5 ways to get your teachers more excited about using ed-tech

It's not as simple as buying new instructional technology tools and installing them on their computers.
By: | May 10, 2022
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If you’re like most K-12 leaders, it’s a given that you will be encouraging your teachers to incorporate more ed-tech in the coming school years, whether students are in-person or online. But as some CIOs and administrators have learned, it’s not as simple as buying new instructional technology tools and installing them on your teachers’ devices.

One issue may be that principals, superintendents and CIOs are more excited about the ed-tech they’ve purchased than teachers are. For example, administrators are more certain about the quality and quantity of their instructional materials, according to a survey by Clever, an ed-tech platform provider. Some 85% of administrators, compared to 68% of teachers, said their schools had high-quality digital tools.

Here’s another disconnect: A large majority of district leaders feel teachers are regularly involved in choosing ed-tech, but fewer than two-thirds of those teachers agree their input plays a role. About half of the administrators surveyed thought their teachers spent less than an hour per week searching for new digital resources, but a quarter of high school teachers reported spending three or more hours looking for ed-tech tools, according to the survey of 1,500 administrators and educators, which was conducted at the end of 2021.

“We have to remember the importance of letting teachers teach,” said Erick Buenrostro, a digital resource and content specialist at Ysleta ISD, told Clever. “They shouldn’t spend time troubleshooting or learning advanced IT specialist skills. When we include the right people in discussions about purchasing tools, the technology can become so seamless that teachers can focus on the content itself.”

An encouraging figure is this: 91%. That’s the percentage of teachers who say their comfort with ed-tech has risen during the last two years, according to an annual technology in schools report by the ed-tech provider Promethean. Less encouraging is a professional development gap: Teachers who don’t use ed-tech told Promethean that they hadn’t been given enough time to learn how to maximize new ed-tech tools.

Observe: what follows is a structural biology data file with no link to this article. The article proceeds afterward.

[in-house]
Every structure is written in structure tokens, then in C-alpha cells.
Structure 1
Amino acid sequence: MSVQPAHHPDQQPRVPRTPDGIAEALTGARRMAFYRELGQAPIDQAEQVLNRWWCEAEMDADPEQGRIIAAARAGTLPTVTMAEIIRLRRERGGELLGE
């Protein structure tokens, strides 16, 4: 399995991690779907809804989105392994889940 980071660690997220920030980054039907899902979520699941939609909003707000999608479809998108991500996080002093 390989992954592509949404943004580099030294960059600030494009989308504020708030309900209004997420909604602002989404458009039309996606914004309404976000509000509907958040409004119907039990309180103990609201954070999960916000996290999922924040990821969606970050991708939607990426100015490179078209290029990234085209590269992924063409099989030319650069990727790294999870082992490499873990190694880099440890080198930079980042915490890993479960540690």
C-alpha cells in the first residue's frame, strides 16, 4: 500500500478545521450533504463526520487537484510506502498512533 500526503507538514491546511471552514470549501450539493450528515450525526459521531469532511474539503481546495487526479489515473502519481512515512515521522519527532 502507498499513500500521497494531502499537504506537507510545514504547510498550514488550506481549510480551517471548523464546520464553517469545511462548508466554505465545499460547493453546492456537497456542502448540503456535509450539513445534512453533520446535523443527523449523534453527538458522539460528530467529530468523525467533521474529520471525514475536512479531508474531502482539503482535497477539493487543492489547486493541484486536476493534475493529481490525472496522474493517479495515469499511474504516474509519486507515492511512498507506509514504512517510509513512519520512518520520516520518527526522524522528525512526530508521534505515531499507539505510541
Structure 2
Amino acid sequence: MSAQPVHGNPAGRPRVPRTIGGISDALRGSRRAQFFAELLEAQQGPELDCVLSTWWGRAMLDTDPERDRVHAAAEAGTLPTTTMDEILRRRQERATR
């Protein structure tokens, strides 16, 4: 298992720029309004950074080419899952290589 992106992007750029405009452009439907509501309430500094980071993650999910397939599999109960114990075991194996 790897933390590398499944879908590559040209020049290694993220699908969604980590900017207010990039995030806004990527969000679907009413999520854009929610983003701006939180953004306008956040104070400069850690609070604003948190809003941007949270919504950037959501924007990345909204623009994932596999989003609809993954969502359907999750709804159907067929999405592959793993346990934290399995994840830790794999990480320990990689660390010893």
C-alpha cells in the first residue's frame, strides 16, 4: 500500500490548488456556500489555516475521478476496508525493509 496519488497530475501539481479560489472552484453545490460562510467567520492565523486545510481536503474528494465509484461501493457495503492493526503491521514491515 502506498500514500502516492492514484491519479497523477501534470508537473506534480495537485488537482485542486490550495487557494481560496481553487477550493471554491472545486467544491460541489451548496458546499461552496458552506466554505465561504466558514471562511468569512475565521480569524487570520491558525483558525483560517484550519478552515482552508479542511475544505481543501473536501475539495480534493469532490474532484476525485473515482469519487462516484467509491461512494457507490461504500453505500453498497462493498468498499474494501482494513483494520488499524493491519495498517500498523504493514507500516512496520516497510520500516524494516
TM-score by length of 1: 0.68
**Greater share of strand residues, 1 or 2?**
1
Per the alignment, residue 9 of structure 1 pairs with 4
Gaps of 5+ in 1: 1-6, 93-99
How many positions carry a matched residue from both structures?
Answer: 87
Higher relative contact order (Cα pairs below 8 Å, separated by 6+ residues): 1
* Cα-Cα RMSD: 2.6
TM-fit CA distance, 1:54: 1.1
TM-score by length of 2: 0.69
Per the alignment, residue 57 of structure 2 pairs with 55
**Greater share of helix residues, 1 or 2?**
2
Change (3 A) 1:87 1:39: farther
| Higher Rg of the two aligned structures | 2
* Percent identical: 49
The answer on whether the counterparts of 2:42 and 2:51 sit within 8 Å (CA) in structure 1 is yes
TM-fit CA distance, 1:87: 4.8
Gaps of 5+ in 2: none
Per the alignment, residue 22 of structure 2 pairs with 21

The same report found that administrators are far more likely than teachers to say their districts spend enough money on professional development.


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Outdated technology appears to be another challenge. After the COVID shift online, teachers now expect access to more advanced ed-tech. In fact, a majority of administrators say they have lost teachers to other districts that offer a more “cutting edge technology experience,” according to an analysis by UKG, the human resources firm.

The issue extends beyond teachers. Central office staff also reported having to use aging technology to perform tasks such as managing substitute teachers. Staffers said it’s having an impact on student success and blamed the problem on insufficient funding and a lack of vision among administrators. A lack of unified data systems also complicates grant-reporting processes, UKG found.

Rallying around ed-tech

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Here are some steps superintendents, principals and other administrators can take to get teachers more excited about ed-tech:

  1. Collaborate with teachers. Teachers involved in ed-tech purchasing decisions are more likely to say their district has a sufficient number of high-quality tools, the Clever found.
  2. Encourage teachers to collaborate with teachers. When asked about their most trusted source of new tools, nearly half of teachers named their fellow teachers. Only 18% cited school or district leaders in Clever’s survey.
  3. Find common ground. Teachers and administrators can collaborate more effectively. Both agree that allowing students to move at their own pace and collecting data to track progress are among the best uses of ed-tech.
  4. Reprioritize PD. With data showing disconnects between administrators and teachers on professional development, districts should reassess what types of training they’re providing and the resources dedicated to them.
  5. Make routine tasks easier. Staffers in many districts want tools that automate employee onboarding, time-off requests, benefits administration, tracking COVID vaccination status and other routine processes.


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